We still don't know how good this team is; after all, four games at home might have masked some deficiencies, especially with young players who tend to be more swayed by emotions that the elder statesmen. But think about what we hoped for, and what we've seen so far.
We hoped the defense wouldn't take a step back with so many inexperienced players. Not only has the defense not taken a step back, it's been the most dominant in the country. Check this out (thanks to kenpom.com for the screen capture):
See all those dark green numbers on the right-hand side? Those are the national rankings in parentheses. The defense has been absolutely suffocating. And it's not simply because we've played weak competition; our adjusted defensive efficiency (what the Cougs would be expected to do against average competition on an average court) is only ever so slightly higher than their overall number. Now, the adjusted number can change a bit from day to day, given that we're still dealing with relatively small sample sizes this early in the season, but that number isn't a fluke -- their opponents have performed much better against their other opponents than they have against the Cougs.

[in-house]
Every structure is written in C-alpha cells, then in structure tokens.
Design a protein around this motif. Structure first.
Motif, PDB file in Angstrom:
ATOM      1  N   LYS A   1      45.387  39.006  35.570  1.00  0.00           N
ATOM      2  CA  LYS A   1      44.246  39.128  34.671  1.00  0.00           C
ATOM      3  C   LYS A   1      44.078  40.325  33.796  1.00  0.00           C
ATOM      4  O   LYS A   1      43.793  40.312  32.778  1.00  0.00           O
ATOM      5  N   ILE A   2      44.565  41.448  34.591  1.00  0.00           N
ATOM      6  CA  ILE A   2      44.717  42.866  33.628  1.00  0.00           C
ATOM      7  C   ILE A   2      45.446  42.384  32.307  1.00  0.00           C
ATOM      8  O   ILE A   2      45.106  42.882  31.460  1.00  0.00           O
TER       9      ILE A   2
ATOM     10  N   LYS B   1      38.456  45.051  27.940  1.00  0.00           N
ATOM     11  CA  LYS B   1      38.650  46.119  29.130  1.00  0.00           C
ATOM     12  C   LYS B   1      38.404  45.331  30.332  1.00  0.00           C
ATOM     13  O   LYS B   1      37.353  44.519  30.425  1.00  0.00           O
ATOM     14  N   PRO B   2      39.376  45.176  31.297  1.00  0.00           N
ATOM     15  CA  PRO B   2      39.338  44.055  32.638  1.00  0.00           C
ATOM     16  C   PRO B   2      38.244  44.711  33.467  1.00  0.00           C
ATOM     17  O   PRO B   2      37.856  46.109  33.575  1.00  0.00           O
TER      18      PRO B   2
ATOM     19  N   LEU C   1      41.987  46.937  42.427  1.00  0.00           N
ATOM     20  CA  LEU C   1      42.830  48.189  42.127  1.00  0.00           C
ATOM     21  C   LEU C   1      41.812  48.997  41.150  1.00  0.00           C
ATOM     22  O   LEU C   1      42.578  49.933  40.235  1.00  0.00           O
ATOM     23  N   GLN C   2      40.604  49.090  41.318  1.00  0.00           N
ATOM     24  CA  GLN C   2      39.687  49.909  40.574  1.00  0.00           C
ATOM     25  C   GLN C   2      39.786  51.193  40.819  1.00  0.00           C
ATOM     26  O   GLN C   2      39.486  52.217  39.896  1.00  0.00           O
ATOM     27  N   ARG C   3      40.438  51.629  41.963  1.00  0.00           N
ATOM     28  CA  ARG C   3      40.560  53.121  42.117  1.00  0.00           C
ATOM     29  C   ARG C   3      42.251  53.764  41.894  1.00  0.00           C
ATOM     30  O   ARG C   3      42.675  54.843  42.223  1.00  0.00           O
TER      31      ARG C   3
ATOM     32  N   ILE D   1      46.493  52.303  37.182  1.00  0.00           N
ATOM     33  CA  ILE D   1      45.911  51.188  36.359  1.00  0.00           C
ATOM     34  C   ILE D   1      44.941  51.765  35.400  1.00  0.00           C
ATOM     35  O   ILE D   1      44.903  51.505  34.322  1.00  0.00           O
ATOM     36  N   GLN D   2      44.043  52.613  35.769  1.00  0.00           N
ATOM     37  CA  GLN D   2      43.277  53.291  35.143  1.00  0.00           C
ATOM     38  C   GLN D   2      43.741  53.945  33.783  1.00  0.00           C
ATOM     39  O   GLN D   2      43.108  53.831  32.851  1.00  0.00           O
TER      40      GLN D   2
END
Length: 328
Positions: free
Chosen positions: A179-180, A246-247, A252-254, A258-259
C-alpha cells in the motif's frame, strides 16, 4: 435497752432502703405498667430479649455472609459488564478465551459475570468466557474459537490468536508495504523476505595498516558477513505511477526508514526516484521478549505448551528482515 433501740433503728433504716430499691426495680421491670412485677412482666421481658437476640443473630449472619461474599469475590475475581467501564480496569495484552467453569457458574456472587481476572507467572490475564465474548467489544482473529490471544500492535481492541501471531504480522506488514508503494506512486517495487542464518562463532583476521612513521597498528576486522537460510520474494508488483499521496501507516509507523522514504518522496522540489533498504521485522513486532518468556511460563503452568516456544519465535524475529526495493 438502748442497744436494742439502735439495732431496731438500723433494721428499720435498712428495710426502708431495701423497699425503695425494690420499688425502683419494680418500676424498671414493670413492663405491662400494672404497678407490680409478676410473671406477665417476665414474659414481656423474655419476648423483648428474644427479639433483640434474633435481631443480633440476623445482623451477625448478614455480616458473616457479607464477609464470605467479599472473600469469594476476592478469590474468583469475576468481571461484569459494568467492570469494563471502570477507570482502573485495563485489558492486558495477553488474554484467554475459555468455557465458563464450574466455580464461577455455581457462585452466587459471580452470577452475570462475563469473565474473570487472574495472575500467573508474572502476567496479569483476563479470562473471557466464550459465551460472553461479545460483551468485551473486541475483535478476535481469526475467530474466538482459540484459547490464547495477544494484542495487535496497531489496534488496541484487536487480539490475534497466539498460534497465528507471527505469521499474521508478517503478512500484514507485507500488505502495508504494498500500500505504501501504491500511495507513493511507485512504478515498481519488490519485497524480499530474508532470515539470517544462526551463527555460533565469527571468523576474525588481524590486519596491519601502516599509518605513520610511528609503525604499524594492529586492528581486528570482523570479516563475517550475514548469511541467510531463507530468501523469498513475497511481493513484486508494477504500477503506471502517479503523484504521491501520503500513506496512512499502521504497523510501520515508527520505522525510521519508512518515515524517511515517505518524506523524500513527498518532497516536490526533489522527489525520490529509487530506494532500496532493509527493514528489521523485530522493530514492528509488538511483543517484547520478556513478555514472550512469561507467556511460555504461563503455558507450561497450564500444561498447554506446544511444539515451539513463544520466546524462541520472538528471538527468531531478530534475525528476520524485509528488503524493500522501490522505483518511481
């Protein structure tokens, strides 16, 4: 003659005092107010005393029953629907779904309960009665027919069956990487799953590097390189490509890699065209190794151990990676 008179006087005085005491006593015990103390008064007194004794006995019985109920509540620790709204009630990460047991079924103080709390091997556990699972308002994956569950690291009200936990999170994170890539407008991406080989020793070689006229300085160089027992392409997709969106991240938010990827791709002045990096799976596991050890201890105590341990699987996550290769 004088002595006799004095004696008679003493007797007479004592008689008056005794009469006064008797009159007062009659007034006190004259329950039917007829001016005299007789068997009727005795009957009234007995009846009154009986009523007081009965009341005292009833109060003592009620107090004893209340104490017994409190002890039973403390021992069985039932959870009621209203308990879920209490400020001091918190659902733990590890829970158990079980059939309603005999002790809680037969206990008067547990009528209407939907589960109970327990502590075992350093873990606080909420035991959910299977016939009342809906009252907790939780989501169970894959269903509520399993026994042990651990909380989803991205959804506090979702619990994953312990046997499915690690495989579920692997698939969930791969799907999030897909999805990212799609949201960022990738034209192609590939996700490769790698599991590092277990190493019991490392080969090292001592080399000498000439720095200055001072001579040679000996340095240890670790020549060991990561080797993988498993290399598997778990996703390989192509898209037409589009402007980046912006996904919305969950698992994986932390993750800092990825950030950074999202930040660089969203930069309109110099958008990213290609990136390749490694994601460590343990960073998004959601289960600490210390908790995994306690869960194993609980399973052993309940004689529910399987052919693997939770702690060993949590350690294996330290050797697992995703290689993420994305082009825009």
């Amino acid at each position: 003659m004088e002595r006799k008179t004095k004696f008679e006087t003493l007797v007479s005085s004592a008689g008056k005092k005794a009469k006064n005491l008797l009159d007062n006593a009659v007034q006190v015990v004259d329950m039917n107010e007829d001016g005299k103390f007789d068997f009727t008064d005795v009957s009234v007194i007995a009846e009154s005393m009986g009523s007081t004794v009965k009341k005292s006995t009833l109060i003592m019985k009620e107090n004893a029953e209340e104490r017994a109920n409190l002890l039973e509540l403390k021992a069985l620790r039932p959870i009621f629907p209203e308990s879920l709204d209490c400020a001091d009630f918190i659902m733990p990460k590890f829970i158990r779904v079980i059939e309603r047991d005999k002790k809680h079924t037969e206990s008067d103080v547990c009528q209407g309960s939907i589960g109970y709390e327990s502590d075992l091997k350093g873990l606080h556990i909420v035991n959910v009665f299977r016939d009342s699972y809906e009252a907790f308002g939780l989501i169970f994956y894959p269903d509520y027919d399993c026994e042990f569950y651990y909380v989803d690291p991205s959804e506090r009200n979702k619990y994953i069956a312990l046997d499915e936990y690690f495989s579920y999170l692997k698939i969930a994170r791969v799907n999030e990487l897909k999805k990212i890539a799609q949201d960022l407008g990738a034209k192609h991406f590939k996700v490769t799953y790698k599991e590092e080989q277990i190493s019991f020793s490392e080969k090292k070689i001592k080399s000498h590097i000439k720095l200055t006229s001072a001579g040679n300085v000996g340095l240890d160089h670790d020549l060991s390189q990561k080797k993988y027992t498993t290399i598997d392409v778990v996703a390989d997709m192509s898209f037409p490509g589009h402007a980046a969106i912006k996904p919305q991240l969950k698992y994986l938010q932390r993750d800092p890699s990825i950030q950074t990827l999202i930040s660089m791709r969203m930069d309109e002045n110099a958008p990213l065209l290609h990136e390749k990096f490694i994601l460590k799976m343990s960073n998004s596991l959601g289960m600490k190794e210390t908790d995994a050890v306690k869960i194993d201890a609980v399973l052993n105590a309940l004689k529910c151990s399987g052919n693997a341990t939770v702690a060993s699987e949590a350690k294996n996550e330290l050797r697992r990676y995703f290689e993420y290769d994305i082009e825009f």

These guys won't put up these kinds of insanely low numbers against the better teams on their schedule, but without having seen this defense in person, I can tell you with a great degree of certainty that these stats are telling the truth -- this is a very, very good defensive team
We hoped that the team would be able to fill the scoring void left by Low, Weaver and Cowgill. Although not as overpowering as the defense has been -- the adjusted offensive efficiency tells the story there -- it's more or less so far, so good. Taylor Rochestie has stepped up (especially in the last two games), Aron Baynes has been remarkably efficient (averaging 10.5 points in just 19.3 minutes), and Klay Thompson has been everything he was advertised to be.